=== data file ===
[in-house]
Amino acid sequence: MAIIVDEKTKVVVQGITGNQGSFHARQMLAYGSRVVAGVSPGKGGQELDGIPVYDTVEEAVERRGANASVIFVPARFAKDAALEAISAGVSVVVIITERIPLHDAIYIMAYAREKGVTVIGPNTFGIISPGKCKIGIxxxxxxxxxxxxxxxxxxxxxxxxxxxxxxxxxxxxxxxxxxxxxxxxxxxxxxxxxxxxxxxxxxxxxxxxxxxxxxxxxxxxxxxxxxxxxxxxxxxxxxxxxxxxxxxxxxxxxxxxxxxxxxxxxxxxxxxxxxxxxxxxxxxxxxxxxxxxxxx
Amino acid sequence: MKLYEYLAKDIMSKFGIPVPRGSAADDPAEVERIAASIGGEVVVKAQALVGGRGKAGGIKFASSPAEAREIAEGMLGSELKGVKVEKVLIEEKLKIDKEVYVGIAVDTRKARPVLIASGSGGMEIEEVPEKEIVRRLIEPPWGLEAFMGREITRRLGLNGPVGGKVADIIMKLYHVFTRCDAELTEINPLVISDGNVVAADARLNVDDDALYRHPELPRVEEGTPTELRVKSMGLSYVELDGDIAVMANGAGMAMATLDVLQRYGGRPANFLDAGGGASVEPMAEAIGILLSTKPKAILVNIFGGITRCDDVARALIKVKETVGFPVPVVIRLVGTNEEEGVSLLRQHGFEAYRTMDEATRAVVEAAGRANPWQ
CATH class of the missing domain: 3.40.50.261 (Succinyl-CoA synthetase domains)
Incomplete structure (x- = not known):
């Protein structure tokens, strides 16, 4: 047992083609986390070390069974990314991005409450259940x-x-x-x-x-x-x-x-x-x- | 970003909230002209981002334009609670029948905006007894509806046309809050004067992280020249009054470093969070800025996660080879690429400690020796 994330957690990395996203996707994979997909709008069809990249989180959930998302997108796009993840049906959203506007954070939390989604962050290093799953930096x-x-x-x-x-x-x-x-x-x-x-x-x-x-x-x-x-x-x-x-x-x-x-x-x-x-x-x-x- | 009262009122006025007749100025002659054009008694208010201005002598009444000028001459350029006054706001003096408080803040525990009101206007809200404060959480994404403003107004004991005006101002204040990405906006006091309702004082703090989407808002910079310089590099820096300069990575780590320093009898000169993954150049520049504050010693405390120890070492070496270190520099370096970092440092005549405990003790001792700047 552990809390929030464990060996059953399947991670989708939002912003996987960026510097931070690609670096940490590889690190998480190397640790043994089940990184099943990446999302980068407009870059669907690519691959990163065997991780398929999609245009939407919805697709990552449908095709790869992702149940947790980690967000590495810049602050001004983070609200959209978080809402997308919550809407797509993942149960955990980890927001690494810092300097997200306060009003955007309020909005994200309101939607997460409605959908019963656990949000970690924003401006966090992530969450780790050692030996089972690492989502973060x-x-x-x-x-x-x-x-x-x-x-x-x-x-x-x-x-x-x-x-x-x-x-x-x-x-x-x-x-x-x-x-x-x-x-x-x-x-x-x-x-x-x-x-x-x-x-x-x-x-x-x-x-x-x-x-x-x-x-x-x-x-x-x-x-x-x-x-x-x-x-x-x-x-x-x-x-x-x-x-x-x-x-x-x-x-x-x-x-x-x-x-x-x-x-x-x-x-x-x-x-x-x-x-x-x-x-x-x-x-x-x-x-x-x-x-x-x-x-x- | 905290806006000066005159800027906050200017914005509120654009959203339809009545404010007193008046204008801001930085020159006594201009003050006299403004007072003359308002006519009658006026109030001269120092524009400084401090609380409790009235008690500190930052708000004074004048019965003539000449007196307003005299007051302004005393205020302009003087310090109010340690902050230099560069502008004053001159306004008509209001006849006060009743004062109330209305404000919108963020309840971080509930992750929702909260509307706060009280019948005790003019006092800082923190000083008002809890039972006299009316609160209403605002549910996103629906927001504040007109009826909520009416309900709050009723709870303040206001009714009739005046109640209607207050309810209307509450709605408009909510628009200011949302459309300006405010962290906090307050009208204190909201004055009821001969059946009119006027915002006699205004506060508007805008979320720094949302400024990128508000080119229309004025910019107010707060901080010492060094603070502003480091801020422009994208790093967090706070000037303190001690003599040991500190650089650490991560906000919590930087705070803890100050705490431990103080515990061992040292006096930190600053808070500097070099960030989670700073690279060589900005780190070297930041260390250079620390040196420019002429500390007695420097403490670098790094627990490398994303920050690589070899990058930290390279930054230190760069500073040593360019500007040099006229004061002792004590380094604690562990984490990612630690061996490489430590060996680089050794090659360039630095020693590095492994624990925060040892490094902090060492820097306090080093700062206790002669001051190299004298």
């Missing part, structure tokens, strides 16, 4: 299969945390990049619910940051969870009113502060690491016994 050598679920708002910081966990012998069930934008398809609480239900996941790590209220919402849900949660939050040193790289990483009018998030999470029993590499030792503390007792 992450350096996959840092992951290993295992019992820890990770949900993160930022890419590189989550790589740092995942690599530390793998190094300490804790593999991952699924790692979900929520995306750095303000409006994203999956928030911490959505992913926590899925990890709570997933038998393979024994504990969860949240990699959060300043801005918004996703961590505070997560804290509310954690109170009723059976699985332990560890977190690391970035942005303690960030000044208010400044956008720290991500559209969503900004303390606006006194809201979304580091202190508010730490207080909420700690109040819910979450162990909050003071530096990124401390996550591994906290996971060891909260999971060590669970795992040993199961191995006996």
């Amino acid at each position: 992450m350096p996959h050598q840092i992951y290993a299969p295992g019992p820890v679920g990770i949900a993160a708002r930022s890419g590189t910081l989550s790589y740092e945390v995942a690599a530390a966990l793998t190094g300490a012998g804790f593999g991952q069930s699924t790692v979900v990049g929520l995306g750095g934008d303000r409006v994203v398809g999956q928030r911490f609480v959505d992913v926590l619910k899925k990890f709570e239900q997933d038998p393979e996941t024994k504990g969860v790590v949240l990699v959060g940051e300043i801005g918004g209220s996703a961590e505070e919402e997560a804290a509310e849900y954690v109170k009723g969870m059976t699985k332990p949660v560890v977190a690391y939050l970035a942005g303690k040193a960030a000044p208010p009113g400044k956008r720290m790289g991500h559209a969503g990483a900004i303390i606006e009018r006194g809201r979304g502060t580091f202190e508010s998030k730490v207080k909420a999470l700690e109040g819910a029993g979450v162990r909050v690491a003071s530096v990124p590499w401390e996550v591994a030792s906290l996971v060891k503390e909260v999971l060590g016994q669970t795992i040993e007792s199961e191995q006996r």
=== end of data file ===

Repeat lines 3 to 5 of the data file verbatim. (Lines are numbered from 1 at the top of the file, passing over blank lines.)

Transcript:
Amino acid sequence: MKLYEYLAKDIMSKFGIPVPRGSAADDPAEVERIAASIGGEVVVKAQALVGGRGKAGGIKFASSPAEAREIAEGMLGSELKGVKVEKVLIEEKLKIDKEVYVGIAVDTRKARPVLIASGSGGMEIEEVPEKEIVRRLIEPPWGLEAFMGREITRRLGLNGPVGGKVADIIMKLYHVFTRCDAELTEINPLVISDGNVVAADARLNVDDDALYRHPELPRVEEGTPTELRVKSMGLSYVELDGDIAVMANGAGMAMATLDVLQRYGGRPANFLDAGGGASVEPMAEAIGILLSTKPKAILVNIFGGITRCDDVARALIKVKETVGFPVPVVIRLVGTNEEEGVSLLRQHGFEAYRTMDEATRAVVEAAGRANPWQ
CATH class of the missing domain: 3.40.50.261 (Succinyl-CoA synthetase domains)
Incomplete structure (x- = not known):